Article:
How the Book Helps

My wife and I are investing my earnings from The Voluntourist in the organizations that helped me volunteer and the places where I worked. Any royalties will also be used to assist groups such as the La La Shou special education school in Xi’an, China, and the Calvary Zion children’s home in Kiembeni, Kenya. My advance money—plus cash from sales at book events—are being used in the following cities and countries:


Money from The Voluntourist is helping to create a fund for La La Shou, the special needs school where I worked in Xi’an through Global Volunteers. Once the fund grows, it will pay out at least once a year to help with the school’s expenses. We made our first donation in May 2012 and have since donated money from books sales at events in Washington, D.C.; Ames, Iowa; Arlington, Virginia; and St. Paul, Minnesota. We expect to reach our $10,000 funding goal in December 2015. To contribute, go to this La La Shou site or contact Michele Gran at


My wife and I are using funds from The Voluntourist to help create the Franco Lalama scholarship for Cross-Cultural Solutions volunteers (CCS was my volunteer organization in San Carlos, Costa Rica). Mr. Lalama was a Port Authority employee who was killed on 9/11 after leading the evacuation of engineering offices on the 64th floor of One World Trade Center. I became friends with Mr. Lalama’s stepdaughter and her future husband (James and Nancy in the book) through our volunteer experiences in Costa Rica. The scholarship will help would-be volunteers who need financial assistance to pay their program fees. In November 2015 we reached our $10,000 funding goal thanks to money from The Voluntourist, Mr. Lalama’s family, and the estate of my late mother, Sandra Budd. To contribute, please contact Cassandra Tomkin at 914-632-0022,


In November 2012, a $500 donation from The Voluntourist went to the Cloud Forest Institute. We made a second $500 donation in December 2013. The money is being used to help fund a research project by the Cambugán Foundation in Ecuador. The project has two goals, says Anna Connell, U.S. representative for Cambugán. The first is to use camera traps to document wildlife in the Cambugan Reserve (an extension of the SURVIVE Camera Trapping project that targets wild cats in the Choco-Andean corridor). The second is to develop a GIS for the reserve and to generate maps for navigation and publication. The project is led by Mika Peck, who is featured in the Ecuador section of The Voluntourist.


Volunteers for Peace was the portal for my experience in the West Bank, and my wife and I provided funds to VFP for a 2012 summer camp program in Haiti, in La Vallee de Jacmel, a rural agricultural area about three hours from Port au Prince. (My wife worked on a medical mission in Haiti almost 25 years ago.) Here’s an article on the summer camp project: Residents Help Organize Summer Camp for 1000 Haitian Children. For info on VFP go to


We made an additional donation with money from The Voluntourist to Global Volunteers for its India Classroom Sponsorship Fund, which assists four partner programs: Assisi Illam (a day care center and orphanage that cares for about 70 children), Grace School, Seam’s Children’s Home, and St. Joseph Matriculation School in Chennai, India. The fund is used for notebooks, uniforms, bunk beds, paint for classrooms, textbooks, and other supplies requested by the programs. You’ll find more info here: India Classroom Sponsorship.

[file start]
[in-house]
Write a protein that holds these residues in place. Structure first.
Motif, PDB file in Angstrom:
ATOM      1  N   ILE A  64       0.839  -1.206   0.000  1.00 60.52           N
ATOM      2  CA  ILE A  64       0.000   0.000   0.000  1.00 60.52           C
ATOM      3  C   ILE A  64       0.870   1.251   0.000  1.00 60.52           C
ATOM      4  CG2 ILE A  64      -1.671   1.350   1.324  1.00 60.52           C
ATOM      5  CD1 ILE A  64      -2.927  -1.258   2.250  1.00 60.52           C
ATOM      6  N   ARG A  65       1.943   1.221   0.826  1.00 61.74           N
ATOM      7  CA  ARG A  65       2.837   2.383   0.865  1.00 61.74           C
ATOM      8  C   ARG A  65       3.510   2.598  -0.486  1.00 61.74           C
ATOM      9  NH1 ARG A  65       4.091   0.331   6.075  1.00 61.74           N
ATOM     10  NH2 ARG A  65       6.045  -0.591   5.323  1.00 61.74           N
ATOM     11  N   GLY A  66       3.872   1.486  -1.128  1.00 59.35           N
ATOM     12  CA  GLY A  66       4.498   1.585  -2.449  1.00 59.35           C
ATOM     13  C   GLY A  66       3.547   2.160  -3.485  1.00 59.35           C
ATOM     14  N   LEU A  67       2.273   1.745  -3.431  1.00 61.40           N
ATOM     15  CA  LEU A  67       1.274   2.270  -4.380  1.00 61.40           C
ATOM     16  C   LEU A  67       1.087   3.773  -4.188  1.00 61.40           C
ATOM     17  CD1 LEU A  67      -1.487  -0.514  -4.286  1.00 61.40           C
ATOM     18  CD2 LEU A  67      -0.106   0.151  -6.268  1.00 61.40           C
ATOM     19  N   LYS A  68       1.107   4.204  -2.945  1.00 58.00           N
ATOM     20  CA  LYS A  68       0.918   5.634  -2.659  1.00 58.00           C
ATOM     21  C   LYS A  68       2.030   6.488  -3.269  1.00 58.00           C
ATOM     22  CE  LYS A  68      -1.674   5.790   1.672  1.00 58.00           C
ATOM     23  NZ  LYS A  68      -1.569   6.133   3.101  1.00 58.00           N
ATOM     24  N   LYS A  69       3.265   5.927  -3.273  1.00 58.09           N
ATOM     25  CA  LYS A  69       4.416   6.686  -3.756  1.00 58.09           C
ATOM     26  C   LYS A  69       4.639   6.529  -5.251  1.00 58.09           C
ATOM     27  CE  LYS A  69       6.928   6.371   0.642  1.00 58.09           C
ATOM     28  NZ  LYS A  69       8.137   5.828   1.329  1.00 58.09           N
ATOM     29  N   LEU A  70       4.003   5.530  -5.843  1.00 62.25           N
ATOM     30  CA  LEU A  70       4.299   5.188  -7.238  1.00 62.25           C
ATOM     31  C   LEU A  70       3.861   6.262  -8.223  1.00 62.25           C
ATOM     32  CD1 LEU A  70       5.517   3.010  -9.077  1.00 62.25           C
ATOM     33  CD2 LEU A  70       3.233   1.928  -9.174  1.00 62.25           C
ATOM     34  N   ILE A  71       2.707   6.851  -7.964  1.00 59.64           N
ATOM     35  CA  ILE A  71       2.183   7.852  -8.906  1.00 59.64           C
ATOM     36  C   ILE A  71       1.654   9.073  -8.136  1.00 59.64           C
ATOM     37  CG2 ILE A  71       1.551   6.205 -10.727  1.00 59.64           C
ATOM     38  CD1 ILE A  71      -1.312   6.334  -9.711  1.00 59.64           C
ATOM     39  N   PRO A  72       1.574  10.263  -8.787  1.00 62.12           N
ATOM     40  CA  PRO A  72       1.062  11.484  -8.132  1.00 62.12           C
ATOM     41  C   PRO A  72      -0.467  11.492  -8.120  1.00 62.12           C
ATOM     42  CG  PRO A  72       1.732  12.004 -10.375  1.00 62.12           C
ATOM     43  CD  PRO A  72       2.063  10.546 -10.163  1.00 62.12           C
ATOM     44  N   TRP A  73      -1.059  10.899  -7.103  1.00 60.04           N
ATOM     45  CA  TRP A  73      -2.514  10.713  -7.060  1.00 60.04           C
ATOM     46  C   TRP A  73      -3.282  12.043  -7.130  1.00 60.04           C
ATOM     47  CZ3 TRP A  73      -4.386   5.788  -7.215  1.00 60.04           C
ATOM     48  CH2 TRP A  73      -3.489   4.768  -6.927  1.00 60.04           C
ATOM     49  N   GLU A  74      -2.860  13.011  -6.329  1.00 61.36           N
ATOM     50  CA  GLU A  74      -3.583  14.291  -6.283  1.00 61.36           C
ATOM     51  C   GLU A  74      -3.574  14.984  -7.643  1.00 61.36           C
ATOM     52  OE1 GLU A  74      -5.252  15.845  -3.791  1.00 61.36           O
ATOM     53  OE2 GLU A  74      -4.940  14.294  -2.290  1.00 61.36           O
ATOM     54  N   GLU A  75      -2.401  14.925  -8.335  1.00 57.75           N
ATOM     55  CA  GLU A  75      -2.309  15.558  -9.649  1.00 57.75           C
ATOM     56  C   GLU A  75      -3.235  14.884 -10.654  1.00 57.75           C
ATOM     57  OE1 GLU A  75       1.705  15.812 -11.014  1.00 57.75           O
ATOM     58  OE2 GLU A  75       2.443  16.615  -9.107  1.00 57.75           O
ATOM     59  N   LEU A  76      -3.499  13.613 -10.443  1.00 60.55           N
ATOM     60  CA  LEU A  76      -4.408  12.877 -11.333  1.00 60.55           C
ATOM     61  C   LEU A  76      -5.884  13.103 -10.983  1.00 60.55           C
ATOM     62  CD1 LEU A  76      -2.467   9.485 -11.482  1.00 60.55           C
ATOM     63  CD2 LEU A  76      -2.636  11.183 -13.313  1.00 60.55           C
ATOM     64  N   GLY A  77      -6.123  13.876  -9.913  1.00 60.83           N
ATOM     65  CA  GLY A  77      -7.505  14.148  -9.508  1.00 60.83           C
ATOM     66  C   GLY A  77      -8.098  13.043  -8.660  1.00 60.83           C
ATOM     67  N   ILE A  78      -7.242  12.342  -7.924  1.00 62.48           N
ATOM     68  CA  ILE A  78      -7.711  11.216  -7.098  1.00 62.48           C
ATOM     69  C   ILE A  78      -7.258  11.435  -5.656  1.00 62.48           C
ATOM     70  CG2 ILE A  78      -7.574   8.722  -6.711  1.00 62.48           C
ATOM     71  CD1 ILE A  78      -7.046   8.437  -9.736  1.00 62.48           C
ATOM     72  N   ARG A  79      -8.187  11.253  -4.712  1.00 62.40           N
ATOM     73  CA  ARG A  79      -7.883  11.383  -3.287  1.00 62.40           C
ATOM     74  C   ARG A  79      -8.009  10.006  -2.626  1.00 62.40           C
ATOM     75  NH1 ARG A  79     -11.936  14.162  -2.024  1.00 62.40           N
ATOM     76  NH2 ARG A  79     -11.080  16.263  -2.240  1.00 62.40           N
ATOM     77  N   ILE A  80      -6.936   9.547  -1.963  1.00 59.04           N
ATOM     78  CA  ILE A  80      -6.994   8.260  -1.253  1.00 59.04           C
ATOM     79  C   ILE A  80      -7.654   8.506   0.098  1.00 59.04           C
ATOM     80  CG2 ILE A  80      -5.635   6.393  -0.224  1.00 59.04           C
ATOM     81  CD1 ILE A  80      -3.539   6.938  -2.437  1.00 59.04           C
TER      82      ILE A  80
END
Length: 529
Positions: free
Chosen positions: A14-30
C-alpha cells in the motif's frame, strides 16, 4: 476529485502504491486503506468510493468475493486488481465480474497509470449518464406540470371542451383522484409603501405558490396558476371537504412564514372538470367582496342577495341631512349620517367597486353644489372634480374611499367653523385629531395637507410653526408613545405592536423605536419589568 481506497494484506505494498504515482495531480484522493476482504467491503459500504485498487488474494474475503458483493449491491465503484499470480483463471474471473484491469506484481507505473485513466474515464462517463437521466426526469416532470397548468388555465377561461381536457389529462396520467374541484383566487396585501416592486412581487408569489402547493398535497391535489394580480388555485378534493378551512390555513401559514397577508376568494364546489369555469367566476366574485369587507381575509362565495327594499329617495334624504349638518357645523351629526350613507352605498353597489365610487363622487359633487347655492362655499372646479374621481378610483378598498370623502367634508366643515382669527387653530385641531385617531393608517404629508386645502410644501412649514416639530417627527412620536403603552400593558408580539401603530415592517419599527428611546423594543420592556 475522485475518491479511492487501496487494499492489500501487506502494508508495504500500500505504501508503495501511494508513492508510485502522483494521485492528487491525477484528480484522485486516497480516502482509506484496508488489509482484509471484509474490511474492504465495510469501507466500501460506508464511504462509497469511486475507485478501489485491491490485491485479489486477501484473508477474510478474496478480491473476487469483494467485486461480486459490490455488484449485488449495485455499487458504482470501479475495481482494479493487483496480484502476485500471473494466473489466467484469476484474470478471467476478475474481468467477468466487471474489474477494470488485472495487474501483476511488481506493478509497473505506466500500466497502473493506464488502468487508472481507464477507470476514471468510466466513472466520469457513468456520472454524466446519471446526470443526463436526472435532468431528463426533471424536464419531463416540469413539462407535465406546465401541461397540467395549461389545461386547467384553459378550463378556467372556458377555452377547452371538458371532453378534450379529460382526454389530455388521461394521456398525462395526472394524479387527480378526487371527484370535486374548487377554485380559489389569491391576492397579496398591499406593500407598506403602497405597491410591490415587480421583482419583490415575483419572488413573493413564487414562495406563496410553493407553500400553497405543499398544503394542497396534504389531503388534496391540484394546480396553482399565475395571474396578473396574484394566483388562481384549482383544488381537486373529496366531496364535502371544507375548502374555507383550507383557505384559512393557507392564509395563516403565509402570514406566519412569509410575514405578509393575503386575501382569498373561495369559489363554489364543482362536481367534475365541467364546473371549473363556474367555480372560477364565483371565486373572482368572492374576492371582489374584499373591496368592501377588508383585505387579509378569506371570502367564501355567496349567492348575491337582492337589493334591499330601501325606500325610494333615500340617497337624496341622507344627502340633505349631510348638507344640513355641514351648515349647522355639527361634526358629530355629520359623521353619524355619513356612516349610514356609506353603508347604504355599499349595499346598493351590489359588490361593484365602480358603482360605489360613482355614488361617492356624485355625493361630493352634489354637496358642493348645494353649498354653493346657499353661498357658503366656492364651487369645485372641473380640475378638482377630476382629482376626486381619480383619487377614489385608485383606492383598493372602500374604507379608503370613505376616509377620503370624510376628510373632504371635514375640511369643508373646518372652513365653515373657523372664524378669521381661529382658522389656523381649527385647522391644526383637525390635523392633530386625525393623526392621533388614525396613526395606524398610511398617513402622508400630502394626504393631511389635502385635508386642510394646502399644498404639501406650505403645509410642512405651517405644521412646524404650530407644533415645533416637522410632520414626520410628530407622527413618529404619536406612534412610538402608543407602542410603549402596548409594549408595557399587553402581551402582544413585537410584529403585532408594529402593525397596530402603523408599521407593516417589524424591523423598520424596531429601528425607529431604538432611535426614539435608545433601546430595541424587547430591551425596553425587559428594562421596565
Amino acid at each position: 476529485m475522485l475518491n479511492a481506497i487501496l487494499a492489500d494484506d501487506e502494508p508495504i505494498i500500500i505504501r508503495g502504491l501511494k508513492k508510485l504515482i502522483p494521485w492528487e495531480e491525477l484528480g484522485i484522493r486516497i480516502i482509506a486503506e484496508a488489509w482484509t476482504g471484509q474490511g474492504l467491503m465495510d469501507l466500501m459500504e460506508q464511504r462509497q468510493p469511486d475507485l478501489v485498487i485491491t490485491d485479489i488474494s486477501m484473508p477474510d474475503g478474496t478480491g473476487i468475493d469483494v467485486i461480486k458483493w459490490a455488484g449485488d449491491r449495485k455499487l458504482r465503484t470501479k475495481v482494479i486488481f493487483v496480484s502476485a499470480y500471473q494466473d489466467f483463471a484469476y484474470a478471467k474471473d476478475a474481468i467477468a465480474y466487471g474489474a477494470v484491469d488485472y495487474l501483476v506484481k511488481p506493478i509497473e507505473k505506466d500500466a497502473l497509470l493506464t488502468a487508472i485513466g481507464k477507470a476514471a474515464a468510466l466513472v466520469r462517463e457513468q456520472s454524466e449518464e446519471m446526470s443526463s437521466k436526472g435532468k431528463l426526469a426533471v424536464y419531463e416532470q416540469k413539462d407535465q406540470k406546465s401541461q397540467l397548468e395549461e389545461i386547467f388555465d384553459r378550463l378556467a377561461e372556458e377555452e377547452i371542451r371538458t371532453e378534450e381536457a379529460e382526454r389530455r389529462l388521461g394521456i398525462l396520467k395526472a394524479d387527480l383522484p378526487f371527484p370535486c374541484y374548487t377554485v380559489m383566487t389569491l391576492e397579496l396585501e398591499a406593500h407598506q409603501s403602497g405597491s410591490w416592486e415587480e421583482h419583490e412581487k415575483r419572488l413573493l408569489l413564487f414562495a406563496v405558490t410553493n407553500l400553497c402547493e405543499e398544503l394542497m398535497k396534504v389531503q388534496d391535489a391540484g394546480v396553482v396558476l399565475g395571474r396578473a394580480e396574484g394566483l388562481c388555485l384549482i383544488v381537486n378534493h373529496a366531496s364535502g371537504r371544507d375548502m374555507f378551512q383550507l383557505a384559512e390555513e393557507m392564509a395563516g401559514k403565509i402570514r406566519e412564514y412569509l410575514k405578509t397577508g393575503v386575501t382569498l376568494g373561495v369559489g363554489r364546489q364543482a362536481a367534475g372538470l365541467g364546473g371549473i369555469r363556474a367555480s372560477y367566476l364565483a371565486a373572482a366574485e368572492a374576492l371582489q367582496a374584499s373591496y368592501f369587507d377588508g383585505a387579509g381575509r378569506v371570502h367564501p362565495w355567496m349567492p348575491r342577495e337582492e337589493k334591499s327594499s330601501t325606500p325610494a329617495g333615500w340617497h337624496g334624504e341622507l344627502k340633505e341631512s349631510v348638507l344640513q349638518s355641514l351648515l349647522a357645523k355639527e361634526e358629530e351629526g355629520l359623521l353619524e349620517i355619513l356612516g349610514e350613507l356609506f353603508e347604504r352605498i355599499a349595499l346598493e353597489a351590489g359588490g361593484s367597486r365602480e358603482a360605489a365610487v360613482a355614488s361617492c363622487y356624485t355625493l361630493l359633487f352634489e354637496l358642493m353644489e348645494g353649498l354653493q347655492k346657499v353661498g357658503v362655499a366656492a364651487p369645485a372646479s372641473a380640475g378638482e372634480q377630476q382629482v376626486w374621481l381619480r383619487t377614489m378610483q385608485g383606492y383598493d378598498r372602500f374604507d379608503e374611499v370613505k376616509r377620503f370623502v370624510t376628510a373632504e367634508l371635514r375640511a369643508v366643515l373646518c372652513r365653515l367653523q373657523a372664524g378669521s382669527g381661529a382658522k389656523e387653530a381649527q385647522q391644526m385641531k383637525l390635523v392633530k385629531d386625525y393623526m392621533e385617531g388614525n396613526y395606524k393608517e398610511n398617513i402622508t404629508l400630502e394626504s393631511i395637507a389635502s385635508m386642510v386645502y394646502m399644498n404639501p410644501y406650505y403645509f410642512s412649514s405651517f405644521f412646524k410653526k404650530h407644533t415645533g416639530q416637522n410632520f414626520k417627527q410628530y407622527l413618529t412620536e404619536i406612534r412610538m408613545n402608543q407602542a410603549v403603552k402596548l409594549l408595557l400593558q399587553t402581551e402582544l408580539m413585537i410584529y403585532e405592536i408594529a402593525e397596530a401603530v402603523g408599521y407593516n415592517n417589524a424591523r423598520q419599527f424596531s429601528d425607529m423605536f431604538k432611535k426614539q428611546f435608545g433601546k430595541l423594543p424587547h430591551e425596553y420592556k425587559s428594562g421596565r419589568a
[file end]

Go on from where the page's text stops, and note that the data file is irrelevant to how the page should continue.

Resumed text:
For two weeks, my wife and I volunteered at the Calvary Zion children’s home in Kiembeni through Travellers Worldwide, a British-based organization. We’ve donated money from the book to the Calvary Zion Children’s Home Support Trust, which helps cover the home’s expenses. According to Susan Peattie, the lovely Scottish woman who created the Trust, our donations have covered annual school fees for 11 of the home’s children, including some of the children featured in the book. We continue to support the trust with an annual donation. You can contribute to the Trust by going to


In March 2012, money from The Voluntourist was donated to a student fellowship program in Los Angeles run by Earthwatch, my volunteer organization in Ecuador. The program sent 100 high school students from underserved communities on Earthwatch expeditions in 2012. The Voluntourist donation helped pay the program fee for a student from the Rosie the Riveter Charter High School. To contribute to Earthwatch, which conducts environmental research around the world, contact Megan Bransfield at


While appearing at a bookstore event in New Orleans in May 2012, my wife and I donated money from the book to Rebuilding Together New Orleans, and in December 2013 we embarked on a week-long social media campaign to help RTNO rebuild a house in Gentilly for homeowner Theresa Llopis. To make a donation to Rebuilding Together, contact


Since 1968, American Near East Refugee Aid (ANERA) has provided health care, economic development, and education assistance to Palestinian refugees in the West Bank, Gaza, Lebanon, and Jordan. Money from The Voluntourist has assisted its efforts in the West Bank. To learn more about ANERA, visit its web site at